Launch Slideshow

High transoms along the roofline heighten the indoor-outdoor connection and frame distant views.

Truro Residence

Truro Residence

  • High transoms along the roofline heighten the indoor-outdoor connection and frame distant views.

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    High transoms along the roofline heighten the indoor-outdoor connection and frame distant views.

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    Eric Roth

    High transoms along the roofline heighten the indoor-outdoor connection and frame distant views.

  • On this sunny bluff overlooking Cape Cod Bay, 11.7kW of solar panels on the south-facing roof gather much of the home's required energy.

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    On this sunny bluff overlooking Cape Cod Bay, 11.7kW of solar panels on the south-facing roof gather much of the home's required energy.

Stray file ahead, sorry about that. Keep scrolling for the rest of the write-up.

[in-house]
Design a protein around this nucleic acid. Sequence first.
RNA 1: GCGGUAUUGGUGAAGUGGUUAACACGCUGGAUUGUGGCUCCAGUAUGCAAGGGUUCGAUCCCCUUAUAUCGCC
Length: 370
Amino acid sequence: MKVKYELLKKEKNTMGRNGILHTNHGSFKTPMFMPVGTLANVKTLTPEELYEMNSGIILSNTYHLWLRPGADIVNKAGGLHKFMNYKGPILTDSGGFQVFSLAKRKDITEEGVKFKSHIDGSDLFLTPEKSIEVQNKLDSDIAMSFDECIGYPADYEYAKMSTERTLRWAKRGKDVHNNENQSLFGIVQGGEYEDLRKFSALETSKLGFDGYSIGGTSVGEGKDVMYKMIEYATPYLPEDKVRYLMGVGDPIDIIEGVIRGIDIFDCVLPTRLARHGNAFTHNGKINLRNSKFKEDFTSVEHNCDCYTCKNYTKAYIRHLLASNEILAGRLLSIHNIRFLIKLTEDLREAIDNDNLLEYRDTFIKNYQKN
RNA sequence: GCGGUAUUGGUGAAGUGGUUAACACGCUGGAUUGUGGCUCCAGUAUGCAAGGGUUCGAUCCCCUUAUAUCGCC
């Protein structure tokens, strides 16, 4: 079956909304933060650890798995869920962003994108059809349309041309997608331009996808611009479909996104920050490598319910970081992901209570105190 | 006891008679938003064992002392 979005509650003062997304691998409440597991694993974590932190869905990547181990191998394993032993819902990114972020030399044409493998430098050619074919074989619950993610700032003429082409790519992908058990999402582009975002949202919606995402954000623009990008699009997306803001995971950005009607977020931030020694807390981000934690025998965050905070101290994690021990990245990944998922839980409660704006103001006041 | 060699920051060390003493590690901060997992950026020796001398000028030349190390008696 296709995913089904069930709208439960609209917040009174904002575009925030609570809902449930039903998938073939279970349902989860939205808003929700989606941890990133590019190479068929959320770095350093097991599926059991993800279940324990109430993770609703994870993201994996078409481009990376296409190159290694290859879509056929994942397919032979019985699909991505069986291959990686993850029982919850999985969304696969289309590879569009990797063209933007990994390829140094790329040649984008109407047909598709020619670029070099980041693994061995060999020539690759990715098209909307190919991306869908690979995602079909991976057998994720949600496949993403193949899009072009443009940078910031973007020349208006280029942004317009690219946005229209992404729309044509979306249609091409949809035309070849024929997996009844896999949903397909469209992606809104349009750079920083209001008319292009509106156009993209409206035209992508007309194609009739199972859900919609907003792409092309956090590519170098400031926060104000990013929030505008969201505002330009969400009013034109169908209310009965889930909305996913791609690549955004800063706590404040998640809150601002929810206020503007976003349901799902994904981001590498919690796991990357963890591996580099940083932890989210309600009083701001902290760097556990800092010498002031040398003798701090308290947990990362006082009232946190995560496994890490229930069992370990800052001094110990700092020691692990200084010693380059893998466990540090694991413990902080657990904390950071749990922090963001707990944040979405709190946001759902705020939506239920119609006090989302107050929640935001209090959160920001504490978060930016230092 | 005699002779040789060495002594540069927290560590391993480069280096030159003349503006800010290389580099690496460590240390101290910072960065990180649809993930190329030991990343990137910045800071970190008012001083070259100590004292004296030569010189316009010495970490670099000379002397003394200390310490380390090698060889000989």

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    Eric Roth

    On this sunny bluff overlooking Cape Cod Bay, 11.7 kW of solar panels on the south-facing roof gather much of the home's required energy.

  • Image

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    Eric Roth

    Inspired by the slope of the dunes, the home's rooflines fit elegantly into the site and soar upward to capture distant ocean vistas.

  • Sloped ceilings soar up toward ocean vistas and lower down into more personal interior spaces.

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    Sloped ceilings soar up toward ocean vistas and lower down into more personal interior spaces.

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    Eric Roth

    Sloped ceilings soar up toward ocean vistas and lower down into more personal interior spaces.

  • Heat gain from west-facing windows was countered by a tighter, well-insulated building envelope and thoughtfully zoned HVAC.